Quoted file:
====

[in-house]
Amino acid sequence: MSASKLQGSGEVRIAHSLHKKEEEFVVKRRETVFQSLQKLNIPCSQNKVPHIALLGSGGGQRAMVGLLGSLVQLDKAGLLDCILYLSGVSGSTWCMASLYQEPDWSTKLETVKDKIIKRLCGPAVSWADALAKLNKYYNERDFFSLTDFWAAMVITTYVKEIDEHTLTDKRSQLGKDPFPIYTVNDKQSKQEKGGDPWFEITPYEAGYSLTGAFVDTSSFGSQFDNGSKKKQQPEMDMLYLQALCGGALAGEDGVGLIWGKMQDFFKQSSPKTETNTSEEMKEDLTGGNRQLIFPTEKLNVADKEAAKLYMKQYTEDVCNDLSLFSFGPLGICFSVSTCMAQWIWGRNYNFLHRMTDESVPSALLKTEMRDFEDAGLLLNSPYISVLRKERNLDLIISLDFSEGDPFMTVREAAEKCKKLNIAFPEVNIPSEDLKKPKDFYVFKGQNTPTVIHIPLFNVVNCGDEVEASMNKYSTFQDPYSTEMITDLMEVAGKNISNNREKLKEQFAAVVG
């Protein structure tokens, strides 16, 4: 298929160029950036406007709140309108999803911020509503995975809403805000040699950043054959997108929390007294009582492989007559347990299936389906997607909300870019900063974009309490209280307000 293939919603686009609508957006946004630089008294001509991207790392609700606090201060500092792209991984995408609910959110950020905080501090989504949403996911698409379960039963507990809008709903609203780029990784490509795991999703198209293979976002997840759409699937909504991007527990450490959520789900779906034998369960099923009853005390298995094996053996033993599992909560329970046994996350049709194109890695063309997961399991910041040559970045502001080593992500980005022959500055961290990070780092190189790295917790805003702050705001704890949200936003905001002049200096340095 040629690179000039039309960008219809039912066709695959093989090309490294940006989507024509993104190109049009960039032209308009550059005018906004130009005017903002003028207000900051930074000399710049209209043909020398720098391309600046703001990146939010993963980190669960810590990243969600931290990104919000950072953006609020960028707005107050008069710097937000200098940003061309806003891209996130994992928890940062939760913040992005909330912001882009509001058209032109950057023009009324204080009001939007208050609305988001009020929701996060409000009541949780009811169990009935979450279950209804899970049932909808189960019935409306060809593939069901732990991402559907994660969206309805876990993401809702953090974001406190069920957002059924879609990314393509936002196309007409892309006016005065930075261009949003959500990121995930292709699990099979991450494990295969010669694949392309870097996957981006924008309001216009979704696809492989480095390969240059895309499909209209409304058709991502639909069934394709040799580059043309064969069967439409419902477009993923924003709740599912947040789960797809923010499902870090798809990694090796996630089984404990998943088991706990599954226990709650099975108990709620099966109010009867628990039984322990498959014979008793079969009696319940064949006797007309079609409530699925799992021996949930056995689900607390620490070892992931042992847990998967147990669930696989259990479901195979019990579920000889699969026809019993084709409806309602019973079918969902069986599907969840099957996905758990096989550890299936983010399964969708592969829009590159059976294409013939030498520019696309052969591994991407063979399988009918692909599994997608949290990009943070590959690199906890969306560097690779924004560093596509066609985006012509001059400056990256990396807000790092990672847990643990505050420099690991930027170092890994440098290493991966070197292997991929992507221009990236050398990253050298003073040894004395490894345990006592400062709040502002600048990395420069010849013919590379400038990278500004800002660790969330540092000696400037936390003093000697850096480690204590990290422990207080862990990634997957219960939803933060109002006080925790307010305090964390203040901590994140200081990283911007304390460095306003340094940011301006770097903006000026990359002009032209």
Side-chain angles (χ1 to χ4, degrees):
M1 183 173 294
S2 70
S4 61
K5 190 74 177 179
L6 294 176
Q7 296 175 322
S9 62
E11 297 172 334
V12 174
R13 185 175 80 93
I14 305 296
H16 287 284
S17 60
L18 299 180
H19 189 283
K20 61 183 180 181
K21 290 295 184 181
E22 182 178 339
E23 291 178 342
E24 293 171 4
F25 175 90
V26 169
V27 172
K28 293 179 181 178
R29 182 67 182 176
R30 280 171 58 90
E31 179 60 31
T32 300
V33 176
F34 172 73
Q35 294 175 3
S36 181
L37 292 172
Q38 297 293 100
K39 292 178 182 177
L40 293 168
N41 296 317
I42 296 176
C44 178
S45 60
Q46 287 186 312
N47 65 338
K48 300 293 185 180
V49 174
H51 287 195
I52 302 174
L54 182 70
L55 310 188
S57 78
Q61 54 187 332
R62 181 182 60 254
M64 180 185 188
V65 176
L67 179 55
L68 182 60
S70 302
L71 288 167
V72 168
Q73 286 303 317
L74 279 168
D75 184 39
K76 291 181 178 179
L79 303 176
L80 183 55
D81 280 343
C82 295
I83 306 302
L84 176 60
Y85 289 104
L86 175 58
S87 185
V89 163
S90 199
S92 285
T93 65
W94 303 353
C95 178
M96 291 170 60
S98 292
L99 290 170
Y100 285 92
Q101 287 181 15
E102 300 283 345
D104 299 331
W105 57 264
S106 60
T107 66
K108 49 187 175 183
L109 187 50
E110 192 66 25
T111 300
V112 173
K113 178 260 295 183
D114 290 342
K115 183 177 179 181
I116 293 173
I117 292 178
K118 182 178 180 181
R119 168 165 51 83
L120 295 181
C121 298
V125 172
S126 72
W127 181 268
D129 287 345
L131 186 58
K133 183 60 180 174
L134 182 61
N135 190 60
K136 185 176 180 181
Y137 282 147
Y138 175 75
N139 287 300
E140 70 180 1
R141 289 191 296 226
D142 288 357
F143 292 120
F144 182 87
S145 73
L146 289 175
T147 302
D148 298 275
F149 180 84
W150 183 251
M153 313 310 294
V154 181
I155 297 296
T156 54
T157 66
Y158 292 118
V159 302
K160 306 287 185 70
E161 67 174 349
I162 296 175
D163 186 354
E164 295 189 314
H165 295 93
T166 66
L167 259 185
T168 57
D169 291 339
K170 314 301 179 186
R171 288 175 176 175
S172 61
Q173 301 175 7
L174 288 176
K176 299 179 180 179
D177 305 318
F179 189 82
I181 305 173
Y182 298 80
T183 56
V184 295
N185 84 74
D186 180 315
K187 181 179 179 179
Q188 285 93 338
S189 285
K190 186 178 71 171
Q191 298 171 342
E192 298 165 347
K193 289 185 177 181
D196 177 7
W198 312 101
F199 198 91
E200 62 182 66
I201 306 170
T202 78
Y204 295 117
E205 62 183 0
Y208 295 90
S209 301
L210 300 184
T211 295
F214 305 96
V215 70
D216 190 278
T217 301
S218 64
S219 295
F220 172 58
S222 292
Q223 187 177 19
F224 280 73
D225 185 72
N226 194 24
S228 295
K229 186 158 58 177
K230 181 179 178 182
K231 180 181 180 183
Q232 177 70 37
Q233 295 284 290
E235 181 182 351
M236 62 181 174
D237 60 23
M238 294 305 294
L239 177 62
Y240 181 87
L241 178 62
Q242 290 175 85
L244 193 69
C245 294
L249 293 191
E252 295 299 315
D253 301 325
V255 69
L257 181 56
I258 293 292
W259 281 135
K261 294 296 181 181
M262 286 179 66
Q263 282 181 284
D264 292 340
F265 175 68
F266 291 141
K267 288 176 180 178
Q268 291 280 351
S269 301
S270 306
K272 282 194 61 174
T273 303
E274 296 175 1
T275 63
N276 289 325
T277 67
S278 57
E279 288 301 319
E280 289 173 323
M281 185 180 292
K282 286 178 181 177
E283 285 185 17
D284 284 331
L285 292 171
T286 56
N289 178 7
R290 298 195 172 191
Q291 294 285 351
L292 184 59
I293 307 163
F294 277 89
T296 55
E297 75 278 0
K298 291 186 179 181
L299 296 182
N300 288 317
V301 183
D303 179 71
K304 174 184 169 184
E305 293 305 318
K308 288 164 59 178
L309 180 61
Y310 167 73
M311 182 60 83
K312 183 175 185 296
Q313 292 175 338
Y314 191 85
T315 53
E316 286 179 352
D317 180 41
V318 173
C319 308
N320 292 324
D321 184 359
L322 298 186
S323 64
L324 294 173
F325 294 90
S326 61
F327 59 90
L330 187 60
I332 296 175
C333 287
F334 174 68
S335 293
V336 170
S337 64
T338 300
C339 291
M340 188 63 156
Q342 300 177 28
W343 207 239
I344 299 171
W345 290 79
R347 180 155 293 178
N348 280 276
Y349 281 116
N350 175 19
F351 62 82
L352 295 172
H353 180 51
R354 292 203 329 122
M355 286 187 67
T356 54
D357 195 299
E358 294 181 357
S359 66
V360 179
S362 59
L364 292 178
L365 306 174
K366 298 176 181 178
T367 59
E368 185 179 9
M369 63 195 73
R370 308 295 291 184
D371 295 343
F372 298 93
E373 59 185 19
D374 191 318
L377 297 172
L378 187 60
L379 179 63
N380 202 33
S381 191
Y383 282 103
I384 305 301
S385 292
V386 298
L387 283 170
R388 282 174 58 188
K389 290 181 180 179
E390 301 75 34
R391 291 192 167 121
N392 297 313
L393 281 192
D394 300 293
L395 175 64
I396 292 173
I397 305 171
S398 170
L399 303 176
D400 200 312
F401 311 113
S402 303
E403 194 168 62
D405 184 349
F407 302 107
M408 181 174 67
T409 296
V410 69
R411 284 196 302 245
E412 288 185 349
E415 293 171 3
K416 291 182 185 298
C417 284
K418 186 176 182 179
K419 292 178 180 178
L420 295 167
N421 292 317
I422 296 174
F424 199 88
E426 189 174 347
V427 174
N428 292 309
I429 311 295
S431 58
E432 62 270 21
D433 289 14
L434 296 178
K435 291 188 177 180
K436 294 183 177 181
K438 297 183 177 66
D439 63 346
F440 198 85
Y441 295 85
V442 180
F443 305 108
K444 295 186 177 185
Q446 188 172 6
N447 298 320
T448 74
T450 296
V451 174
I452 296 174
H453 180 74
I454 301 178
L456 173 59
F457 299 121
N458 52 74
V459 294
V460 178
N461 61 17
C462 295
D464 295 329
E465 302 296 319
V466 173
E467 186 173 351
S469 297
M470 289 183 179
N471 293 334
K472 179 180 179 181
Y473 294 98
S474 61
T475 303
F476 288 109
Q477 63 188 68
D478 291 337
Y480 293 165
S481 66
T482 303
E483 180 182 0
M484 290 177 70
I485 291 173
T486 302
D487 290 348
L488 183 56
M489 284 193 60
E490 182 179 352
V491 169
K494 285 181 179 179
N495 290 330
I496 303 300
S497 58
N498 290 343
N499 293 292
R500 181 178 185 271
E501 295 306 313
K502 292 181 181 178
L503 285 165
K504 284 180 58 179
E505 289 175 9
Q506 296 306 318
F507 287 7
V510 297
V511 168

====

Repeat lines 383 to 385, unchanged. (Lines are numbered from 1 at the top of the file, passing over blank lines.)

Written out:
N458 52 74
V459 294
V460 178